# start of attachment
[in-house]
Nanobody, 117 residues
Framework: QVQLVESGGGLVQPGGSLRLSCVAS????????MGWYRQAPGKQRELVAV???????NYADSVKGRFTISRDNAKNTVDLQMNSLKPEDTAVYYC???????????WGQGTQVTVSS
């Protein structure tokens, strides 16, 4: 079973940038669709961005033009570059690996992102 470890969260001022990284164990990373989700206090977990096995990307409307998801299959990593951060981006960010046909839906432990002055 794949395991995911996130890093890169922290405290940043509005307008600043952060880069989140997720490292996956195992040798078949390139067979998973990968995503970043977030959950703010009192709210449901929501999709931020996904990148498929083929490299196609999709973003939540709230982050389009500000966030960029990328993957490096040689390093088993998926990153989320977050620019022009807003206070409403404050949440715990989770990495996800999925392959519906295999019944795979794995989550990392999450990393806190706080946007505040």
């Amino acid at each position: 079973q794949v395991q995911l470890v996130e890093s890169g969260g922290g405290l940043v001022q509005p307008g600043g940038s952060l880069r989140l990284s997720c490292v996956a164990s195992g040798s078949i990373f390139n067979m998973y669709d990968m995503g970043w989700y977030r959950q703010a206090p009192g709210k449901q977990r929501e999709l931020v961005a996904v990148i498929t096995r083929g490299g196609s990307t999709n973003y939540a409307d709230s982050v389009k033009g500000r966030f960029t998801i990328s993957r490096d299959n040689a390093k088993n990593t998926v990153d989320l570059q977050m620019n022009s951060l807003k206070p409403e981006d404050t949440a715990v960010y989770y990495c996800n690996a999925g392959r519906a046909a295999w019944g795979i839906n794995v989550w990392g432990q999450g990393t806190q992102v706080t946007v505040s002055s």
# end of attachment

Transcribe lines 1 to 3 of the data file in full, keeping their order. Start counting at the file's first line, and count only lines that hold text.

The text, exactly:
[in-house]
Nanobody, 117 residues
Framework: QVQLVESGGGLVQPGGSLRLSCVAS????????MGWYRQAPGKQRELVAV???????NYADSVKGRFTISRDNAKNTVDLQMNSLKPEDTAVYYC???????????WGQGTQVTVSS